## “April Showers” One-to-One Correspondence Activity

One-to-one correspondence is a very important concept for young children and is a basic foundation for all of mathematics.  Simply put, one-to-one correspondence is the process of touching one object for each number that is counted aloud.  Little Brother sometimes still points to a group of 5 objects and counts the same object 2 or 3 times.   This isn’t uncommon for young children, but we thought we might do some “April Showers” one-to-one correspondence practice!

Here’s what you’ll need:  construction paper (I used pink, blue, and brown), scissors, clear contact paper, and painter’s tape (or masking tape).

1.  Draw an umbrella shape on a piece of construction paper and cut out.

2.  Hang a piece of contact paper, sticky-side-out, on a window and secure it in place with some painter’s tape (or masking tape).  You could also hang it on a wall, just make sure the tape you use won’t peel off your paint!

3.  Cut out 15 small raindrops from the blue construction paper.  *Caution*:  If you are doing this activity with children younger than 3, make sure it is supervised at all times due to the small raindrops.

4.  Write the numbers 1-5 on the umbrella and have your child place the corresponding number of raindrops underneath each number.

All done!

## Cloud Dough

After reading Little Cloud and making our own clouds yesterday, I remembered an idea for Cloud Dough that I saw on Pinterest a few weeks ago.

‘Cloud Dough’ requires 2 ingredients:  flour and baby oil.  Go here for the recipe.  We only made half because I ran out of flour.  :)

To say this was a hit with my boys would be a complete understatement.  They played in the bowl full of cloud dough for well over half an hour (in the record-breaking heat, mind you)!  And I’m not ashamed to admit that even I enjoyed running my hands through this silky concoction.

"It feels like snow!"

This was definitely the favorite out of any of our sensory activities!  What’s your child’s favorite sensory medium?

## Weather Song

Please excuse (a) my terrible singing voice and (b) our sloppy, beach-like attire.  We just got back from the waterpark.  And I was too lazy to put shorts on Little Brother.

## The "Why do we need sunscreen?" Experiment

If your kids are like mine, they can’t stand it when you put sunscreen on them.  I was so excited to find this activity from Sid the Science Kid to illustrate to kids exactly why they need to wear sunscreen!

We made a few blunders on our “experiment” but hopefully you’ll learn from our mistakes!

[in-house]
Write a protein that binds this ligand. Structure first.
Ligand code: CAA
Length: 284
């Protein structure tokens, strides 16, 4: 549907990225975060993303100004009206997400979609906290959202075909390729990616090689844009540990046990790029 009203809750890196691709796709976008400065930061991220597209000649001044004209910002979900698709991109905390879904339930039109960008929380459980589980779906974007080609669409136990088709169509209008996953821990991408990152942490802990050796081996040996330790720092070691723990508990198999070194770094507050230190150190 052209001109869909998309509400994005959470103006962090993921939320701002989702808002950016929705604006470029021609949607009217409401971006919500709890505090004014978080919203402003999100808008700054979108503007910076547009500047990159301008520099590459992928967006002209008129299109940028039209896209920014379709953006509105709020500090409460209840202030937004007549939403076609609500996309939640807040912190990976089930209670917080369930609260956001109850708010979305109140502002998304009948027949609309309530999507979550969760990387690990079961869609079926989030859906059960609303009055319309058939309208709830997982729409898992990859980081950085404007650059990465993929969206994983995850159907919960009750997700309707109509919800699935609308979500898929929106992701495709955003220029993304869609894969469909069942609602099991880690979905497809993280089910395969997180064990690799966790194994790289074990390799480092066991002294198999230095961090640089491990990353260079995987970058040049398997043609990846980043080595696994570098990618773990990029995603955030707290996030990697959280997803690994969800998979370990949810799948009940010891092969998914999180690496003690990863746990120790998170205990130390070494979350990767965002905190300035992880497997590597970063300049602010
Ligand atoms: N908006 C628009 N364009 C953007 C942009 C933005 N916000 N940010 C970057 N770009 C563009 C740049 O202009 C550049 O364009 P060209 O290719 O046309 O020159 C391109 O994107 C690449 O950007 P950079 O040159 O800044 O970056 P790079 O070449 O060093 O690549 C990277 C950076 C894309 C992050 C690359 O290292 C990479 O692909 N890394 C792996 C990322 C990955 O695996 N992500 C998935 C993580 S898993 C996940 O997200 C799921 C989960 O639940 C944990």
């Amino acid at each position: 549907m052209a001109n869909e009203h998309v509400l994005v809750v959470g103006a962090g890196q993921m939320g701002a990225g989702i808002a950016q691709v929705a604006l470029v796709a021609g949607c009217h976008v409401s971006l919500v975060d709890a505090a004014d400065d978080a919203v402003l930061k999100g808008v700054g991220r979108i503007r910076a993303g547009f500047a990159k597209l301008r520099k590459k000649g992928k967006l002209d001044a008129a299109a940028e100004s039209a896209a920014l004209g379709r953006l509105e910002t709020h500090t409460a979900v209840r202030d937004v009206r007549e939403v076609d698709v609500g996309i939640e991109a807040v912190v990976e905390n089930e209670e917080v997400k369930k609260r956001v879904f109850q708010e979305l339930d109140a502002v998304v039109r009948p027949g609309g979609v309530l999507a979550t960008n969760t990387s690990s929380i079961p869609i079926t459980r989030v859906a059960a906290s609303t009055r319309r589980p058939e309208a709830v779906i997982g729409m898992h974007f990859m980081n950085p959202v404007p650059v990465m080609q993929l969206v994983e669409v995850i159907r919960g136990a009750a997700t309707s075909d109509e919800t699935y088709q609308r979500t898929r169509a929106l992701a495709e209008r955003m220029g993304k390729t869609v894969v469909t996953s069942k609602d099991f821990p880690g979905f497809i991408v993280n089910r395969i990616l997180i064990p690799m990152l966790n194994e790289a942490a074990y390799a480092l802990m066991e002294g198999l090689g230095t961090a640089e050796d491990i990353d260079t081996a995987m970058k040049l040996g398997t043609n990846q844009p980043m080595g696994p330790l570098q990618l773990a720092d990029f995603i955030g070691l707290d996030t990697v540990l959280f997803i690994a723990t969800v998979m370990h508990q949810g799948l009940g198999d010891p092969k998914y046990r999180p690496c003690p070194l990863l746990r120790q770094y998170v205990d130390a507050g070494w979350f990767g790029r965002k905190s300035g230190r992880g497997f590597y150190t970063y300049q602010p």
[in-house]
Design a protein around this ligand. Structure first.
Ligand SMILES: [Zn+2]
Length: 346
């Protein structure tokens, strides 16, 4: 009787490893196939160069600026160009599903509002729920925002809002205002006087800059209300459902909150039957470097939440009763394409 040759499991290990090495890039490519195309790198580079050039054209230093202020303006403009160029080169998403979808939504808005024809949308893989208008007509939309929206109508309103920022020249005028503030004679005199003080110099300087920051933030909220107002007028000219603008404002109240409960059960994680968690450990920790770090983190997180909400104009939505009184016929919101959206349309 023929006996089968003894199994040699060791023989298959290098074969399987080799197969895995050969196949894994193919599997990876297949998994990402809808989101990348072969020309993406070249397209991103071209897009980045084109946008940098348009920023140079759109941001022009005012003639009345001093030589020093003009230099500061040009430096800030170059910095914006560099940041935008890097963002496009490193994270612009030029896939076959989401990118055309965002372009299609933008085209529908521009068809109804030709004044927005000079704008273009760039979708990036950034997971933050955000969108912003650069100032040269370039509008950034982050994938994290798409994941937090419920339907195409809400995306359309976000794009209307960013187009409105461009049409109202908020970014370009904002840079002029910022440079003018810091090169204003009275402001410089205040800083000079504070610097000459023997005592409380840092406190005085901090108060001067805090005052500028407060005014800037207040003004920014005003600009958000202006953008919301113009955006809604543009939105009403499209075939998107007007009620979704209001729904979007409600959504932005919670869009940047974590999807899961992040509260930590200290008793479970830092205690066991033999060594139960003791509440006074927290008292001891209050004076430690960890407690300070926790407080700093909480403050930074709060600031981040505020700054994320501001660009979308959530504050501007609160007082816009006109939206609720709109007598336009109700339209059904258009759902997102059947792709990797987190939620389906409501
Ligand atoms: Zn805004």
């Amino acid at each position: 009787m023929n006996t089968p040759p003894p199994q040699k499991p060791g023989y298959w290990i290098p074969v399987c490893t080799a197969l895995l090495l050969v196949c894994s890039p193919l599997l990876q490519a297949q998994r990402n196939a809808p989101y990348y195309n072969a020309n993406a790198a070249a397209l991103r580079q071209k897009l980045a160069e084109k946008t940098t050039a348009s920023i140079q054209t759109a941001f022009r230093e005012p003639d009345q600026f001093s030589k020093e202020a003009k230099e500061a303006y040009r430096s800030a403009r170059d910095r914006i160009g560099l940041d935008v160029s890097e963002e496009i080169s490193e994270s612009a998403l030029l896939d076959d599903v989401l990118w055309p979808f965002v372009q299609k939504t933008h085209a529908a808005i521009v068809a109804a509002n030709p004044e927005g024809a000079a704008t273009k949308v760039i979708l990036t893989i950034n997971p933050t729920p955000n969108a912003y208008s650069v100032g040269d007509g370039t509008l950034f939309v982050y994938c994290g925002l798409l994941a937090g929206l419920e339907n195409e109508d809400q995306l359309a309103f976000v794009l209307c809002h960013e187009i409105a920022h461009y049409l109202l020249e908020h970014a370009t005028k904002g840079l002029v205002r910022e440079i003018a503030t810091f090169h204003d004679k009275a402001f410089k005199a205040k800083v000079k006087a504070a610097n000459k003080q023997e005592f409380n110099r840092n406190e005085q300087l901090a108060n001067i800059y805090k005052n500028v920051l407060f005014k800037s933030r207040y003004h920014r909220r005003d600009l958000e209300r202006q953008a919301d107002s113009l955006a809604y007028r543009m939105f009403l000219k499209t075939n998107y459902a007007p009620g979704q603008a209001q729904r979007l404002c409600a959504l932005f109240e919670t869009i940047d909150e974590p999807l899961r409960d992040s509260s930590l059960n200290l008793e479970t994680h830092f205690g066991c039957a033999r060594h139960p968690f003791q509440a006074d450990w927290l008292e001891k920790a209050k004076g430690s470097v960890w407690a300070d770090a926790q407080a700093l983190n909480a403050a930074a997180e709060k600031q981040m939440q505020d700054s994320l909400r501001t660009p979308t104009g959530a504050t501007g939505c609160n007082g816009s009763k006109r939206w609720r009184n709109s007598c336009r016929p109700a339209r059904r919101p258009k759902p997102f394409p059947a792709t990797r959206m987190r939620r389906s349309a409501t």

Here’s what you’ll need:  sunscreen (not the spray kind) and a black/dark blue piece of construction paper.

 1.  Fold a piece of black (or dark blue) construction paper in half.
 2.  Put a VERY SMALL dab of sunscreen on one side of the paper.  This is where we messed up…we put WAY too much sunscreen on.
 3.  Let your child smear the sunscreen over ONE side of the paper (again, we messed up and Big Brother got it on both sides).
 4.  Put it in direct sunlight for most of the day (you’ll have to move it around a couple times to keep it in direct sunlight).
 The paper after about 5 hours.  Had we not had too much sunscreen, you would be able to easily see that the sunscreen kept the paper dark while the sun faded the side with no sunscreen.

Talk to your child about how sunscreen protects our skin just like it protected the paper.  Some sunlight is good for our bodies (vitamin d, anyone), but too much is harmful.  Without sunscreen, the sun would hurt our skin.  Talk about other things that protect our skin from the sun (hats, buildings, clothing, shade, etc).

A helpful reminder for Big Brother is remembering back when I had the worst sunburn of my life back in March and how it hurt to even move…he prayed for my sunburn to feel better for about 6 weeks afterward!

We were under a tornado warning for almost 2 straight hours last night with the sirens blaring about a half-dozen times.  Living in tornado alley, this isn’t an uncommon occurrence during spring evenings.  But after seeing the devastation in Joplin a few weeks ago, there is no way that I will ever take a tornado warning lightly again.

To ease a bit of the tension from last night, Big Brother and I made our very own tornado using 2-liter bottles (idea from here)!

Here’s what you’ll need:  2 2-liter bottles, duct tape, and water.  If you want it to be drip-free, I would suggest a Tornado Tube.  Otherwise, it will drip a little bit.  Also, you can add food coloring and glitter (for debris), but I wouldn’t suggest doing so unless you have a tornado tube as it will leak.

 (Omit the food coloring unless you are using a tornado tube)

 1.  Fill one 2-liter bottles up about 2/3 with water.
 2.  Place the other bottle on top, lining up the openings  as best you can.

 2.  Duct tape the two bottles together as tightly as possible (it will still leak a little bit).

 Take it outside (because it leaks) and turn it upside down (so that the water is in the top bottle).  Spin counter-clockwise.